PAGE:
- Description (Brief)
- The National Broadcasting Company (NBC) was the first major broadcast network in the United States. During the golden age of radio, NBC’s roster of stars included comedians Jack Benny, Edgar Bergen, George Burns and Gracie Allen, singer Al Jolson, and conductor Arturo Toscanini. This microphone dates from the 1930s. The second inauguration of President Franklin D. Roosevelt was broadcast with this type of instrument.
- RCA / NBC model 50A inductor microphone, marked "3031" and serial number "2568," "RCA Manufacturing Co., Inc." Inductor microphones were used experimentally at WJZ in 1921. Introduced commercially in 1931, they were in general use by 1934. Inductor and so-called "velocity" type microphones were the two most widely used in that era.
- A single conductor attached to an oval corrugated diaphragm functions similarly to the moving coil in the dynamic microphone. Small in size and rugged, it has most of the best features of the dynamic and the velocity microphones. It is somewhat directional, favoring sounds in front of it.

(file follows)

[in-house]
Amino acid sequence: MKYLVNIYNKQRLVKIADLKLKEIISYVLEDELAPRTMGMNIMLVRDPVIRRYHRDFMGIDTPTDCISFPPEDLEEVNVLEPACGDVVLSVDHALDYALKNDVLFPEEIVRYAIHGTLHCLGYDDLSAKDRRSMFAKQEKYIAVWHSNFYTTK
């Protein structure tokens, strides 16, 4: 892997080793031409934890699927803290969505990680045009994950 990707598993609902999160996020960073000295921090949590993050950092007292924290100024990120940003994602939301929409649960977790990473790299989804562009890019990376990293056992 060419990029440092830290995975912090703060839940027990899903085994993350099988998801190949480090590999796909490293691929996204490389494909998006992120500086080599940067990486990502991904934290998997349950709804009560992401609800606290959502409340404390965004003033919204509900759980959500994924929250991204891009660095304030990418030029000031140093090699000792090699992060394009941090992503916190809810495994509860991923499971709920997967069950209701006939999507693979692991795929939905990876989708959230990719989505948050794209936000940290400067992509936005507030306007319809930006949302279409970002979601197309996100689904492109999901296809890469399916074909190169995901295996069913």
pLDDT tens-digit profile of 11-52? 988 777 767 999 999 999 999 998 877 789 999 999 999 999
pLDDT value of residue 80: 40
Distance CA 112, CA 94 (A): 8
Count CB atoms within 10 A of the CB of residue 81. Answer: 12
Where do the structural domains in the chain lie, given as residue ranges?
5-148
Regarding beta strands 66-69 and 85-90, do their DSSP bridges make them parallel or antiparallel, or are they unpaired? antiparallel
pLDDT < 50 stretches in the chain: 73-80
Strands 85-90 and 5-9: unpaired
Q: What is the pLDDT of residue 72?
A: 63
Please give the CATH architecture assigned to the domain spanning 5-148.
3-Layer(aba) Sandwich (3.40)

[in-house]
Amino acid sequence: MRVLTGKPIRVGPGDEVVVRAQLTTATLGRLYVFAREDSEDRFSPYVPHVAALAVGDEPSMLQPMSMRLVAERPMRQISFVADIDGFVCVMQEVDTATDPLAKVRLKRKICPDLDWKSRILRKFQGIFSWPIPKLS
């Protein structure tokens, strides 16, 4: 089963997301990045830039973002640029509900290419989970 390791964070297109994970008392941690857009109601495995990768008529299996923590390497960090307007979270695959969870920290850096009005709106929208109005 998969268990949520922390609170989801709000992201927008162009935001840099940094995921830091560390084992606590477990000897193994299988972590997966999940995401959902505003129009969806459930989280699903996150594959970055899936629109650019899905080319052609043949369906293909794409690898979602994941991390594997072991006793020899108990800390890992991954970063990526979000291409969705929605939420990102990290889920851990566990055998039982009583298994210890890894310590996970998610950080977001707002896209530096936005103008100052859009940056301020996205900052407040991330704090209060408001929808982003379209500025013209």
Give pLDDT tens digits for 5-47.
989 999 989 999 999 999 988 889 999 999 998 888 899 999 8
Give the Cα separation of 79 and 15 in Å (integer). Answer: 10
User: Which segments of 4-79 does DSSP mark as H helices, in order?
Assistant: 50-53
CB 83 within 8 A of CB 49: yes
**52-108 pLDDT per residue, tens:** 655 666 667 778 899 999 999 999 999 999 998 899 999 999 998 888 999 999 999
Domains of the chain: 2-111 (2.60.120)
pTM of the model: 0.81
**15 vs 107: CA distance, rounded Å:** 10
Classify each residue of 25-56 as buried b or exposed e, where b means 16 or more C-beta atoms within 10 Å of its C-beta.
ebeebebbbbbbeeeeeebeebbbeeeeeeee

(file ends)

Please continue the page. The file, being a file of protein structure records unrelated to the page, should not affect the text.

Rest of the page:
- This particular example came to the Smithsonian in 1938 as an example of then-current microphone technology. A 1935 NBC article about microphones refers to the model 50A, stating that, "This new device is now being put into service by NBC on all... programs... originating outside the studios. The chief improvements it embodies are reduction of inherent electrical noise, and increased convenience in moving the instrument about, because of its small size and light weight." Reference: Joseph, D'Agostino, "Microphone Progress," Broadcast News (September 1935): 4-5, 12.
- Currently not on view
- Object Name
- microphone, inductor
- Other Terms
- microphone, inductor; Audio Devices
- date made
- RCA Corporation
- overall: 7 in x 4 in x 4 1/2 in; 17.78 cm x 10.16 cm x 11.43 cm
- ID Number
- catalog number
- accession number
- model number
- serial number
- Credit Line
- from National Broadcasting Company, Inc.
- Radio broadcasts
- Data Source
- National Museum of American History
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